…because as Ben Shapiro at Breitbart notes, essentially it says that if the federal government has taken over a section of law and then refused to enforced that section of law, there’s nothing anybody can do about it.
Finally, the ruling itself is legally incorrect. It essentially states that if the federal government passes a law, then refuses to enforce it, states must sit on their hands and allow the federal government to continue its malfeasance. This is a particularly egregious ruling in light of the fact that the Obama administration has already demonstrated its willingness to avoid enforcement of the law when it comes to illegal immigration. Meanwhile, Arizona is expected to pick up the cost of illegal immigrations, since the feds won’t.
The decision is a disaster on all sides. Justice Scalia got it exactly right: “[T]o say, as the Court does, that Arizona contradicts federal law by enforcing applications of the Immigration Act that the President declines to enforce boggles the mind.” Conservatives declaring it a victory – or even a partial victory – are missing the larger point here. Obama won. Arizona lost. So did the American people.
Shapiro and Scalia are correct on policy. On law, though, they’re wrong.
If immigration is a federal issue and not a state issue, which it seems it ought to be since immigration and border control policy have to do with foreign policy and different states having differing practices where that policy is concerned make for a mess, then Scalia’s mind might just have to be boggled.
We say this all the time, but…elections have consequences. If you elect a president who refuses to enforce either the border or immigration laws, and he’s the responsible party where those are concerned, then you’re going to have problems. And while it’s an uncommonly damaging bit of policy to abandon a core governmental responsibility, the fact is there’s no way around that problem other than to fix it with someone who will do his job.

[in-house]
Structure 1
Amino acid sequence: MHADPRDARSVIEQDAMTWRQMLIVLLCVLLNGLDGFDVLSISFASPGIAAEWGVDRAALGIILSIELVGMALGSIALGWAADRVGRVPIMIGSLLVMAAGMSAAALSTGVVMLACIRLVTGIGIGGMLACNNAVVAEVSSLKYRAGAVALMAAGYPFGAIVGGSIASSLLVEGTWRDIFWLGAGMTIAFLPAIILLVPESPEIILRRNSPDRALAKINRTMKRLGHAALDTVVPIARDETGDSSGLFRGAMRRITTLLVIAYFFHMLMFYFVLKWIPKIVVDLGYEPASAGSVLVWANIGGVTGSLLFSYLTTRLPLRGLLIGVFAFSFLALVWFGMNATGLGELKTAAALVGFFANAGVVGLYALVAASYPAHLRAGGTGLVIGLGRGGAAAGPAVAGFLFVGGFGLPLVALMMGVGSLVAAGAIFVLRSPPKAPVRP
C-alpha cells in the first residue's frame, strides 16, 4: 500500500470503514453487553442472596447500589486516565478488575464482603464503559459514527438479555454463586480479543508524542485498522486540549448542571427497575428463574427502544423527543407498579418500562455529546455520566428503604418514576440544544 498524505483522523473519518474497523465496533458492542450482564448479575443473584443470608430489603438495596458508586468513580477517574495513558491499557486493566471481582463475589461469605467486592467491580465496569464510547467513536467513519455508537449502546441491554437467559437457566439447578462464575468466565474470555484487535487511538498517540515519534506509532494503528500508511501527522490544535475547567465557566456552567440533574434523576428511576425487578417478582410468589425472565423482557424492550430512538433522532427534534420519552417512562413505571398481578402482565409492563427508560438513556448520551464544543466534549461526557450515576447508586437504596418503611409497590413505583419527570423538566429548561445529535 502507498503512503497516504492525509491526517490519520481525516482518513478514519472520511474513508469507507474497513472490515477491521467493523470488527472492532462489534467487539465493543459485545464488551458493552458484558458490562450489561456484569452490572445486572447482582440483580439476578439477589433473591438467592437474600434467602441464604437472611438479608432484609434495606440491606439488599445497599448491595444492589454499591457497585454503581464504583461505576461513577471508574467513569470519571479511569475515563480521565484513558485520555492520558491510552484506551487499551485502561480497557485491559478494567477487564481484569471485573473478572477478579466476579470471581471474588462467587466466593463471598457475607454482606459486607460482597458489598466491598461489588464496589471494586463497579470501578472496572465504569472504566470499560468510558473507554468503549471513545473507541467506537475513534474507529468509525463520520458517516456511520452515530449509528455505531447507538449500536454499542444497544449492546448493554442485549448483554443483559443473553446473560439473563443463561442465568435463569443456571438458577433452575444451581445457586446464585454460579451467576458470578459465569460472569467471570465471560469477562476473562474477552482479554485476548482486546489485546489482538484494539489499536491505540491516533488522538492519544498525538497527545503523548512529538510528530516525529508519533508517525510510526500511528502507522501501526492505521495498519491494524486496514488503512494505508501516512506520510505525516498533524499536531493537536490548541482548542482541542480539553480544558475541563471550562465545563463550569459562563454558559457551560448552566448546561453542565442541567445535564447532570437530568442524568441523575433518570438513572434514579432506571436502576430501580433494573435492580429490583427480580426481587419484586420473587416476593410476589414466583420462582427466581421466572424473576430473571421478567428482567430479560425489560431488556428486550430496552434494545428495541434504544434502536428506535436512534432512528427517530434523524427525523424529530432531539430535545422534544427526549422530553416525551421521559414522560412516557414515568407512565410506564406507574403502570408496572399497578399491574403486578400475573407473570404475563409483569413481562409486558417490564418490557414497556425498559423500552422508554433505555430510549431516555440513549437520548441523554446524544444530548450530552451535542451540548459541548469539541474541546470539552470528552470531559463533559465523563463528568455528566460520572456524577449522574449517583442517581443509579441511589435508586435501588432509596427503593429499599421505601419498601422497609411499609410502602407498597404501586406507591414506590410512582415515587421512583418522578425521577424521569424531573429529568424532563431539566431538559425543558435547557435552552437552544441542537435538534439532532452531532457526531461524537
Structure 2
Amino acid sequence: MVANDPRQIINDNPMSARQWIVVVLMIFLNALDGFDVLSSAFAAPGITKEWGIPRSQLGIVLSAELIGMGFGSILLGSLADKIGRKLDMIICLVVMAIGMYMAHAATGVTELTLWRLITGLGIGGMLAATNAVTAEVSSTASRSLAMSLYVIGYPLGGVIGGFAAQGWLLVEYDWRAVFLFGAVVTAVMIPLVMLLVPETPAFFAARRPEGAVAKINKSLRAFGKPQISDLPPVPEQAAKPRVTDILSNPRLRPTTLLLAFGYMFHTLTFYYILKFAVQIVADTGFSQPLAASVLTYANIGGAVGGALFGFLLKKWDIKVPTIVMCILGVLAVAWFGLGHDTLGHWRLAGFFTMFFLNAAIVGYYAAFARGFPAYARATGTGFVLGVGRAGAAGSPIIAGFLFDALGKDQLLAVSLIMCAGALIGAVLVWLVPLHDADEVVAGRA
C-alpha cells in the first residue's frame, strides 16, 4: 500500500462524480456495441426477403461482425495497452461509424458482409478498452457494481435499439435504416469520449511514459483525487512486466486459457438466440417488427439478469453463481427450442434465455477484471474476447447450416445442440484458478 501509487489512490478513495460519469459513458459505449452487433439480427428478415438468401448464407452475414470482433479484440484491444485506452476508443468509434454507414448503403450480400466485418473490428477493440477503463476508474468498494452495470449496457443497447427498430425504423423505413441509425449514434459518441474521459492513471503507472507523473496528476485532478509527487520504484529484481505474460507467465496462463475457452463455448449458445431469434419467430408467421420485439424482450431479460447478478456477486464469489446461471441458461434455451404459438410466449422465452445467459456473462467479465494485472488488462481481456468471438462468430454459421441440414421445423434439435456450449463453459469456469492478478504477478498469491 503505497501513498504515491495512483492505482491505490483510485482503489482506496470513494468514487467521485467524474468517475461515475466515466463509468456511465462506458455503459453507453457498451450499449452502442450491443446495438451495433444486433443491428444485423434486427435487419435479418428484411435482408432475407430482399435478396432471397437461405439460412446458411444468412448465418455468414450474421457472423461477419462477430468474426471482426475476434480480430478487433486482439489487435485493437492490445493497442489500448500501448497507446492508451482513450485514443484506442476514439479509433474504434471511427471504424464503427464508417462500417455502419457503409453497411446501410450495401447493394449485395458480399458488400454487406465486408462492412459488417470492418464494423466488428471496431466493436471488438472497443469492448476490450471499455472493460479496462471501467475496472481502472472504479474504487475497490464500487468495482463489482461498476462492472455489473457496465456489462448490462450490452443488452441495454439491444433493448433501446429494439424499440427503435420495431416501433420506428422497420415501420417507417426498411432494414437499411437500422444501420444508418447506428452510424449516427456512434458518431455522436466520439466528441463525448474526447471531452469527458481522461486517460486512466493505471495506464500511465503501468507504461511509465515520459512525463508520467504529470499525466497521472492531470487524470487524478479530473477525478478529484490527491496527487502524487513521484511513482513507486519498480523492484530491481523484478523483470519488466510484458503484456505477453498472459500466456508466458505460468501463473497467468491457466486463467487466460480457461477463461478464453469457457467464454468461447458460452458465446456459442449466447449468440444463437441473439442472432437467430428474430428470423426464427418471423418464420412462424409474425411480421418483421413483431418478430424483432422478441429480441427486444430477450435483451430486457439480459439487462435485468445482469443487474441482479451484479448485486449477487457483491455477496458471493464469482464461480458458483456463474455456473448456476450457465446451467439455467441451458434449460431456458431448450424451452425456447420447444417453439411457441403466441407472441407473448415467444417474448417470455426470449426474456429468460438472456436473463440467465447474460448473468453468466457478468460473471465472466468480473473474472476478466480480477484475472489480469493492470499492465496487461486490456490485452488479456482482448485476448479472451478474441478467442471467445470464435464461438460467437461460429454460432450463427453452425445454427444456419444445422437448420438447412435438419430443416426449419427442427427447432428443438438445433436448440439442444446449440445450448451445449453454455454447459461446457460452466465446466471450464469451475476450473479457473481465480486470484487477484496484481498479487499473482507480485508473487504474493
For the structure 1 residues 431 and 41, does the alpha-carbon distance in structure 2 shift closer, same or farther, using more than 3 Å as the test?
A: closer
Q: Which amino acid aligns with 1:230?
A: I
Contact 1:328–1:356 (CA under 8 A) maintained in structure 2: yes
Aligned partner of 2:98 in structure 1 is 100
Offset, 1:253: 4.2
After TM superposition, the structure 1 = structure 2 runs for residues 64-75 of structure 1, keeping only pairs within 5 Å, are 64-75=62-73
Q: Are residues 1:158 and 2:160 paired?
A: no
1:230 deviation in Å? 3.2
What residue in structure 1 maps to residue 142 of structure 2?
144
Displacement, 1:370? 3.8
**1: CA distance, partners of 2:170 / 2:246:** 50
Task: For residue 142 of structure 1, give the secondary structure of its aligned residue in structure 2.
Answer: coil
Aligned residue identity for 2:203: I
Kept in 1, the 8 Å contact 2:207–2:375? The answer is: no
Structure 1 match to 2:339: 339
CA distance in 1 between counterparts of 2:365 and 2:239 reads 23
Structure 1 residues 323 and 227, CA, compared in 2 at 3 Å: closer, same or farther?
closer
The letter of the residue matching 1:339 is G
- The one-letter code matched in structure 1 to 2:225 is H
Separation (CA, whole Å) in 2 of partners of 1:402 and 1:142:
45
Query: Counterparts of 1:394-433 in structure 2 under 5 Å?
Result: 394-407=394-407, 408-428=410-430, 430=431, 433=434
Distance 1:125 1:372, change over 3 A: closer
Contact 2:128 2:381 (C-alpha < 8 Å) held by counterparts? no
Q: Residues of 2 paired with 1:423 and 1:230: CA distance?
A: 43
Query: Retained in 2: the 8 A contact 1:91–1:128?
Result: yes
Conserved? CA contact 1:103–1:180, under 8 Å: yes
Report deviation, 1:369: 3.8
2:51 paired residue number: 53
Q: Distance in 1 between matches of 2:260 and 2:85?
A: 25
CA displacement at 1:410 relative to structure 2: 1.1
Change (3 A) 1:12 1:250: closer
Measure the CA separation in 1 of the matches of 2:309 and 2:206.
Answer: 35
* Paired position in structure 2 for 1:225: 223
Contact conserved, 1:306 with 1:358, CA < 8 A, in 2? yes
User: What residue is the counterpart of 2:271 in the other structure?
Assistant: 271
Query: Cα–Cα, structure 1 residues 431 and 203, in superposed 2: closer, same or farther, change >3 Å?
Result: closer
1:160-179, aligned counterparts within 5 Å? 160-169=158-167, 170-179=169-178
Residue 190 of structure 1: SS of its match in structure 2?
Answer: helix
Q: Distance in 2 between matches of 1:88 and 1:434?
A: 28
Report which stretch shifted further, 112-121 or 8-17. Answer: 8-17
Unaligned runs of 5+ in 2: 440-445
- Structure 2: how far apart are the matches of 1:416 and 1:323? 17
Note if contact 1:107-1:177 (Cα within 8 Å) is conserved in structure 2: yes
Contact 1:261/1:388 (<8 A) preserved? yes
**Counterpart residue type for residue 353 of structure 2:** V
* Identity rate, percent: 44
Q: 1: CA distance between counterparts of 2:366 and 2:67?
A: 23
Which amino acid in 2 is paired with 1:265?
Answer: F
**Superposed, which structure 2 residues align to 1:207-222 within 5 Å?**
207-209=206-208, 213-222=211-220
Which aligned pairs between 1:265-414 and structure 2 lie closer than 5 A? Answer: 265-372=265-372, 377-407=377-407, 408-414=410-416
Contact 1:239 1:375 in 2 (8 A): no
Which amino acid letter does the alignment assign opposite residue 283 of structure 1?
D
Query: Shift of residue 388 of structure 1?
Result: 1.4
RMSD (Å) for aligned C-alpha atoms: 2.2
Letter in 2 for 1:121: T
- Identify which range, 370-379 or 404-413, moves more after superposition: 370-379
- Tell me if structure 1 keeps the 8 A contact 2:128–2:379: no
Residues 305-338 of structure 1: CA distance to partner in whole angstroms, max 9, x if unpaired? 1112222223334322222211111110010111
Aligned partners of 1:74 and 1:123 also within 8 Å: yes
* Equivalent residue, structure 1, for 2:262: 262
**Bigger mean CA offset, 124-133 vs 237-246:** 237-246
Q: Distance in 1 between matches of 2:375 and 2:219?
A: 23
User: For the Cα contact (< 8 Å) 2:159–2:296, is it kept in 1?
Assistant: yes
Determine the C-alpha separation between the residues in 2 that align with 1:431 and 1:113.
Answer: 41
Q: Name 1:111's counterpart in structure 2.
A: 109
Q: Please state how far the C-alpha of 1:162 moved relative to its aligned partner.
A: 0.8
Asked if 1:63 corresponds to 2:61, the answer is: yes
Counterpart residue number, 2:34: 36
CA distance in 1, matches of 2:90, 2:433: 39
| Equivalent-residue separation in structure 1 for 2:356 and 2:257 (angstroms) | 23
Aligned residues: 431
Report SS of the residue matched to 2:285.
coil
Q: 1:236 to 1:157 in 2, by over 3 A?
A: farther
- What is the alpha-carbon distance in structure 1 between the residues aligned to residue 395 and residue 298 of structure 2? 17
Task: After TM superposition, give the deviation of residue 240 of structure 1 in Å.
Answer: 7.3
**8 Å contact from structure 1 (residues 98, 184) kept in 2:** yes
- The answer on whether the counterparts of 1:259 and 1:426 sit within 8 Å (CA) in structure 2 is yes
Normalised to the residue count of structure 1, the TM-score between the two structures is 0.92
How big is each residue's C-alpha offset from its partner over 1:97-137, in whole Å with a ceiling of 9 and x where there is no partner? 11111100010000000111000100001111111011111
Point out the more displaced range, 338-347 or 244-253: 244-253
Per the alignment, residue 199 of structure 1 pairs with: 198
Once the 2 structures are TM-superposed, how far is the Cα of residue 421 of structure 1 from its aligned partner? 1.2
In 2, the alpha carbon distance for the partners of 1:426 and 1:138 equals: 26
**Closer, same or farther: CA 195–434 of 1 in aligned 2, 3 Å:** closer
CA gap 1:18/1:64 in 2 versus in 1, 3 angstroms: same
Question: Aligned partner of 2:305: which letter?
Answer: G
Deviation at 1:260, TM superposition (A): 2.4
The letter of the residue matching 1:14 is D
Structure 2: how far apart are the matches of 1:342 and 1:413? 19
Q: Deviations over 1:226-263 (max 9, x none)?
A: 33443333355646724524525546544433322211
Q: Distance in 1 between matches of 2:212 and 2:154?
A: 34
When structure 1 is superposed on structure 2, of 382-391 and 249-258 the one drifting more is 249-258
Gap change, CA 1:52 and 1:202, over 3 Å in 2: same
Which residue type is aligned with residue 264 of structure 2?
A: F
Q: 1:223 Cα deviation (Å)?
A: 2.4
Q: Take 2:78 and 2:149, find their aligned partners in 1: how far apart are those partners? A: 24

If you believe that immigration and border control are federal issues, and if you think about it you’ll have to agree that they are, you’ll struggle with the idea that a state can – uninvited – jump in and attempt to fix them. The feds can more or less deputize the states to help enforce the federal law – but if the feds don’t like what the states are doing on an issue within the federal purview the states have to back off.
And the bad policy consequences of that merely show how important it is to get people who will do their jobs in federal office.
So get rid of Obama and demand his successor enforce federal law on immigration and border control if you want this fixed.
There is some good news coming out of the Arizona immigration decision, though – and it’s not the fact that the Supremes ruled Arizona has the right to ask for proof someone their law enforcement officers stop is here legally. That’s nice, but if all Arizona can do to someone whose only real crime seems to be that they’re illegal is to call Immigration & Customs Enforcement there isn’t really a way forward; ICE can just say they’re not going to take those illegals into custody and then Arizona is stuck with them out on the streets.
No, the good news is that since this ruling pulls the states and local governments completely out of a policymaking role on immigration, it means that “sanctuary cities” are gone pecans. If states and local governments are not capable of Arizona-type legislation due to the federal government having pre-empted their ability to run illegals off, they’re also pre-empted from passing laws that give preference to illegals through “sanctuary city” legislation. And that’s a good thing.
So it’s a mixed bag.
But while it’s entirely reasonable that Arizona would have passed SB 1070 in an attempt to shield itself from the negative consequences of the feds’ poor performance on immigration and border security, at the end of the day that can’t be fixed outside of the federal government.
Which will drive Shapiro nuts, Scalia nuts and us nuts.
At the end of the day, there isn’t much we can do about it on the state level, though. Just like the feds have largely destroyed the offshore oil business by interrupting the permitting process in the Gulf – yeah, the rig count is back to what it was prior to the Deepwater Horizon spill, but the year and a half the offshore people lost still hasn’t been made up and the costs to drill are worse than they’re ever been – and there was nothing we could do about it in Louisiana. That’s how it works when something is federal in nature and the feds have bad policies or poor performance.
We’ll just have to fix it in November.